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Via David Thompson, if you don’t have time to watch Gymkata, this is the next best thing.

What if an Olympic gymnast, sporting a wicked mullet, went through a rigorous training montage, then on to a top-secret mission to secure the national defense in a distant, fictitious land?

They play for keeps in Karabal:

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Jeff Koons and kitsch: Michael Jackson And BubblesWinter Bears and on this site: ‘St John The Baptist’.

A Reaction To Jeff Koons-For Commerce Or Contemplation?

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Koons’ site here.  Part 1 of a 5-part documentary above.

I often find myself reacting to modern art and pop art, like many people, with my bullshit detector continually sounding at a low buzz.  Are these great artists?  What has happened at the intersection between art, money, and media in the ‘modern’ world?  Is there any ‘there’ there?

Koons’ Made In Heaven only amplifies that sound, blurring the line between art and porn, private experience and public show, innocence (so easily corrupted) and naive, narcissistic indulgence.

I suspect Made In Heaven explores previous themes of high and low that were already emerging in his kitsch work, fleshed out in pieces like Michael Jackson And Bubbles, Winter Bears and on this site: ‘St John The Baptist’.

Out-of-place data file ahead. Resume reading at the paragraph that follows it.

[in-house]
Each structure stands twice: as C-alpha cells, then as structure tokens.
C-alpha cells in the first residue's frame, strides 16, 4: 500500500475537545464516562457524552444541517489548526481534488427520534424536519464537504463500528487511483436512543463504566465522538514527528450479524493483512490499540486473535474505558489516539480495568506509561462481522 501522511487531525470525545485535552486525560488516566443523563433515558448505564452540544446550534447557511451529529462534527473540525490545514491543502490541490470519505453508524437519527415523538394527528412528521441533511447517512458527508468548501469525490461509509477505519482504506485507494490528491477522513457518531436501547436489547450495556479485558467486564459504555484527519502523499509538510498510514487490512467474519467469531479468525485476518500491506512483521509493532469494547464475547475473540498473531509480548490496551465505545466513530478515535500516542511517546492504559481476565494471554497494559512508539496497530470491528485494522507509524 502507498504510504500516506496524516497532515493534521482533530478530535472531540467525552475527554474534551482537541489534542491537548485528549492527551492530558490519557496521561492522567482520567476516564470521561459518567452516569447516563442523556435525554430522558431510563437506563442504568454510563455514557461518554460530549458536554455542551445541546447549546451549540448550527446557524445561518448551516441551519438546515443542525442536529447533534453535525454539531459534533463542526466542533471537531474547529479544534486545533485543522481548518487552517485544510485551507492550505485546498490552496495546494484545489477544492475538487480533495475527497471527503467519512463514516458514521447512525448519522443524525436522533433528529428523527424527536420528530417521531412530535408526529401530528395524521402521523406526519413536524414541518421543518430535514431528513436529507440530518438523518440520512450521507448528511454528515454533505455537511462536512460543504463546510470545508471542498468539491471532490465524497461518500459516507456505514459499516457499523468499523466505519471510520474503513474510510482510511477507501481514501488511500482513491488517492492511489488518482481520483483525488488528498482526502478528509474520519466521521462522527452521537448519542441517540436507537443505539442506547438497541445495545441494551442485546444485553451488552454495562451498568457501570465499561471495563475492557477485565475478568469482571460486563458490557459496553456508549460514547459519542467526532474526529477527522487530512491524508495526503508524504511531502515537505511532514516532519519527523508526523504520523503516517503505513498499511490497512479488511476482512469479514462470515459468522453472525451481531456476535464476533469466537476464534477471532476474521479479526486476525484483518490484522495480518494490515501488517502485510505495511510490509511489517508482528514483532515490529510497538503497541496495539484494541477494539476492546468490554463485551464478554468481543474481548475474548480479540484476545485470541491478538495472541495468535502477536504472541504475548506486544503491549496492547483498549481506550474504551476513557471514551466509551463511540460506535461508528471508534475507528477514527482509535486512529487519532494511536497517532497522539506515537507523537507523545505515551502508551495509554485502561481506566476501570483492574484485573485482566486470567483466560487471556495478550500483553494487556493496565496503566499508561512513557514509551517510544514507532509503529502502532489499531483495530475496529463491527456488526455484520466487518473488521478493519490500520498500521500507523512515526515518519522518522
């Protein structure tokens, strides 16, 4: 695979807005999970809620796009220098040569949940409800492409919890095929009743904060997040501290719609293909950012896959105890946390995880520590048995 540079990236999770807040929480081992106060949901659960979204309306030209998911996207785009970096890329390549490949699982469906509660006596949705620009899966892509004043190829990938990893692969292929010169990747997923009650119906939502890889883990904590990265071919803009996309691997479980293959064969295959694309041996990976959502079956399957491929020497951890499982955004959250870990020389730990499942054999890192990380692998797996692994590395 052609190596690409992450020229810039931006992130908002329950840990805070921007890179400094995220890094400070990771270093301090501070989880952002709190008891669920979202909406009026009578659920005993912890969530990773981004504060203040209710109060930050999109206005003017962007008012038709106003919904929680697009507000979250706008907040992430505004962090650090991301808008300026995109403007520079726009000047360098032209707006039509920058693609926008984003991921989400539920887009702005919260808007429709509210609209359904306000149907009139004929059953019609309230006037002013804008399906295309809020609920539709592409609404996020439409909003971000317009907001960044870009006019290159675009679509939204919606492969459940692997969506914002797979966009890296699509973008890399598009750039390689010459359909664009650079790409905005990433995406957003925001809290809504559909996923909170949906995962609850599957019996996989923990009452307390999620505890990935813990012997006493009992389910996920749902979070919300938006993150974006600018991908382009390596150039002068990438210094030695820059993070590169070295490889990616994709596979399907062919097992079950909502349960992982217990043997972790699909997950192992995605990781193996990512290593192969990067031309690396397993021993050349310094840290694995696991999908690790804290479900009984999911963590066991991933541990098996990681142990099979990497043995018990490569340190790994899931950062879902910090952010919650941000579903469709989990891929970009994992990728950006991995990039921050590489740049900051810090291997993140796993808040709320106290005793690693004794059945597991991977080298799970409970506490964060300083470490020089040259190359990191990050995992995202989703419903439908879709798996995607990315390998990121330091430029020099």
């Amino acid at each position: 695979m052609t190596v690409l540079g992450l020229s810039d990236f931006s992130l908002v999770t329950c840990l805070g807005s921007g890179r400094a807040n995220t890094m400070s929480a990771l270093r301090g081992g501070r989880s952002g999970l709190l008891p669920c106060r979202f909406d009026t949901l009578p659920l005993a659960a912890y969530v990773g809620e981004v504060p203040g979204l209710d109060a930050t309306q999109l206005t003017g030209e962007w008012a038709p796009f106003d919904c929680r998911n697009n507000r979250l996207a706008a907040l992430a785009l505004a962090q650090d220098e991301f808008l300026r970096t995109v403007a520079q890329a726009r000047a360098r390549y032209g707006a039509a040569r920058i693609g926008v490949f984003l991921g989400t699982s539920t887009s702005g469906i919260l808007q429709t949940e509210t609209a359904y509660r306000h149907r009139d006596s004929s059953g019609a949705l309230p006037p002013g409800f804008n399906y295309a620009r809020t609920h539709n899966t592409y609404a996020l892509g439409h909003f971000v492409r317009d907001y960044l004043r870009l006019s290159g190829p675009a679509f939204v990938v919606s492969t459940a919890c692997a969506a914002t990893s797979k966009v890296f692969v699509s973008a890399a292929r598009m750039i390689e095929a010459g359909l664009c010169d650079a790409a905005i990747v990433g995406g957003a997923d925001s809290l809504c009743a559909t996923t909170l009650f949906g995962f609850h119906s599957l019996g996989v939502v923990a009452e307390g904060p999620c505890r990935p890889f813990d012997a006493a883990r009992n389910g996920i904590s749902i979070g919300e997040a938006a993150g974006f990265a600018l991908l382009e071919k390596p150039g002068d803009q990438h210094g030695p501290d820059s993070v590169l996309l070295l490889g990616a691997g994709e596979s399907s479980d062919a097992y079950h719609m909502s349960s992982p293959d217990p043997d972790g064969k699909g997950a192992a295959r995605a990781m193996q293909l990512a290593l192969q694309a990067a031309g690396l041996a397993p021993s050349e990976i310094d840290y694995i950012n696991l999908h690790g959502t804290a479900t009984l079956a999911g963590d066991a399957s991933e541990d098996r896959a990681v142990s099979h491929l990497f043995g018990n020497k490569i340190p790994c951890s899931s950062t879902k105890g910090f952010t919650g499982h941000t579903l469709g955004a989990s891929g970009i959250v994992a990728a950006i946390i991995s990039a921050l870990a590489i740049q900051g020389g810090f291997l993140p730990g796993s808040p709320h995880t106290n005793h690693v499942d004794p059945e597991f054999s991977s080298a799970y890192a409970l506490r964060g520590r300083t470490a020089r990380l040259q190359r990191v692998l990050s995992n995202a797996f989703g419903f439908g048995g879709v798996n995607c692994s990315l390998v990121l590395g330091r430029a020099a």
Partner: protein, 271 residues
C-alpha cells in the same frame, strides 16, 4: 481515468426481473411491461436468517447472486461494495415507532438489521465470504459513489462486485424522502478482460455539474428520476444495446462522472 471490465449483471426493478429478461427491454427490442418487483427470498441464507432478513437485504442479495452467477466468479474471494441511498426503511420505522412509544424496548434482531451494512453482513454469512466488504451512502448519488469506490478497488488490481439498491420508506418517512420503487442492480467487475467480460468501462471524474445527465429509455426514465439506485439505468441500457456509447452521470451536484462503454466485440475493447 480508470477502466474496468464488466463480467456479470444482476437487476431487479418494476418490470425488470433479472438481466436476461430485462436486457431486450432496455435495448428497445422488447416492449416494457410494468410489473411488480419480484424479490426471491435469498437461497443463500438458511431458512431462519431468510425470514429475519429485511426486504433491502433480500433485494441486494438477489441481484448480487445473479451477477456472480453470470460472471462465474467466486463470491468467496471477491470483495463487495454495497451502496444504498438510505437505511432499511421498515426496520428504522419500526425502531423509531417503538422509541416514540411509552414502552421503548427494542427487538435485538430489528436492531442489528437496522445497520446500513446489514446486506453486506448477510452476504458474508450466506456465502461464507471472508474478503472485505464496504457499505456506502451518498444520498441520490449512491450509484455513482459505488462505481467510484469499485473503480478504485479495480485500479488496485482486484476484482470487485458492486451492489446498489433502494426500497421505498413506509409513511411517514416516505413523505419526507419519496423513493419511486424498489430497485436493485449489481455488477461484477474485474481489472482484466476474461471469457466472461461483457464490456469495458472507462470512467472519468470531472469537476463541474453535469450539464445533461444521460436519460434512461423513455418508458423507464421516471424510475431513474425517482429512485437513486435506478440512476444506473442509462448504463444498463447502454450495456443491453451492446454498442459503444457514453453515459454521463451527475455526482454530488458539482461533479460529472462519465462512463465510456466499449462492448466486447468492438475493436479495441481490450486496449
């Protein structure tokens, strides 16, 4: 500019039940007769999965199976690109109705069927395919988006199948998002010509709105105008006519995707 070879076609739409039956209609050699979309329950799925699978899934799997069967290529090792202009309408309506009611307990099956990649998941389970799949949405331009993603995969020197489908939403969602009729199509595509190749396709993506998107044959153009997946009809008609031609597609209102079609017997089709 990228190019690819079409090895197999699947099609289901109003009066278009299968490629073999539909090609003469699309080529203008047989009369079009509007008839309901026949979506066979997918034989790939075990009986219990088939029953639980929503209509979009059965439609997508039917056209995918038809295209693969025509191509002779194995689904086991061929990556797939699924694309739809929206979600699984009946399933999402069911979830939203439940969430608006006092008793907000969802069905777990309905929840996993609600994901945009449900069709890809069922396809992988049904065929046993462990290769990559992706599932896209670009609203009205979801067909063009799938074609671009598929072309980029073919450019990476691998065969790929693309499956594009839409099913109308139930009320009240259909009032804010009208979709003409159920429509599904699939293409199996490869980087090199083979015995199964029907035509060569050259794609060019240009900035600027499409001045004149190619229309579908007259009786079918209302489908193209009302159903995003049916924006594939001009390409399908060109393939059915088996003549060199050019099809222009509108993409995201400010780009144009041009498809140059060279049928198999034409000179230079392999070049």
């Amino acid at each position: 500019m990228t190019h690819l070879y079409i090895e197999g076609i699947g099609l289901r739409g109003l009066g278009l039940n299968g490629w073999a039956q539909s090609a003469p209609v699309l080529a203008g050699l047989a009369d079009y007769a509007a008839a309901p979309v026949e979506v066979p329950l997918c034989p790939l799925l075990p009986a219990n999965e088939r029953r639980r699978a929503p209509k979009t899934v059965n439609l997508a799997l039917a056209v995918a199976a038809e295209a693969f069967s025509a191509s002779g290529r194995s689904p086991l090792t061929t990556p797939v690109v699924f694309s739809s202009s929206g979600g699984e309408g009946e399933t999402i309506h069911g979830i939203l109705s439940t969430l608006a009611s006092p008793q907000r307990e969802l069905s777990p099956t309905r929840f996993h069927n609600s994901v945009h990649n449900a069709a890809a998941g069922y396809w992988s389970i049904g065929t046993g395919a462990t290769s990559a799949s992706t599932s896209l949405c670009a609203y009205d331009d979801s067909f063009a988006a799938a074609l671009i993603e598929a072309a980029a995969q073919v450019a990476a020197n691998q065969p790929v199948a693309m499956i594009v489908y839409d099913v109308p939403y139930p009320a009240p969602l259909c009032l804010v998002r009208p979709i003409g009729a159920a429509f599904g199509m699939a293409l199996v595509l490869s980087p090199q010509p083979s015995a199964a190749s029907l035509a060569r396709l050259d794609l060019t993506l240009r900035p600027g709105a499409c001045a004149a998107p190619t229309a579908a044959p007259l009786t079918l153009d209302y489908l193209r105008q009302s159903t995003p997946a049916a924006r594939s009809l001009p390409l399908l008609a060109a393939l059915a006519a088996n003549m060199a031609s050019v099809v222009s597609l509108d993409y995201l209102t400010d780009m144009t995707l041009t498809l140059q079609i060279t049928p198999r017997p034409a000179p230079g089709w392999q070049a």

Modern Art by gps1941.

Excellent photo found here…gps1941 photostream here. More on the original St. John The Baptist here.

This is kitsch par excellence, exquisitely rendered.  I admit that I can still break out into laughter while staring at it, admiring Koons’ ability to use his materials to realize a very particular concept, and to execute that concept and evoke what might even be a particular emotion in onlookers.  The quality and finish of these pieces is high and Koons works in various materials, including porcelin, metal, wood, and mixed media.  Like Warhol, he’s set up a studio with workers churning out his art.   There is no doubt some genuine artistic ability there, creative imagination, vision, and devotion to his craft.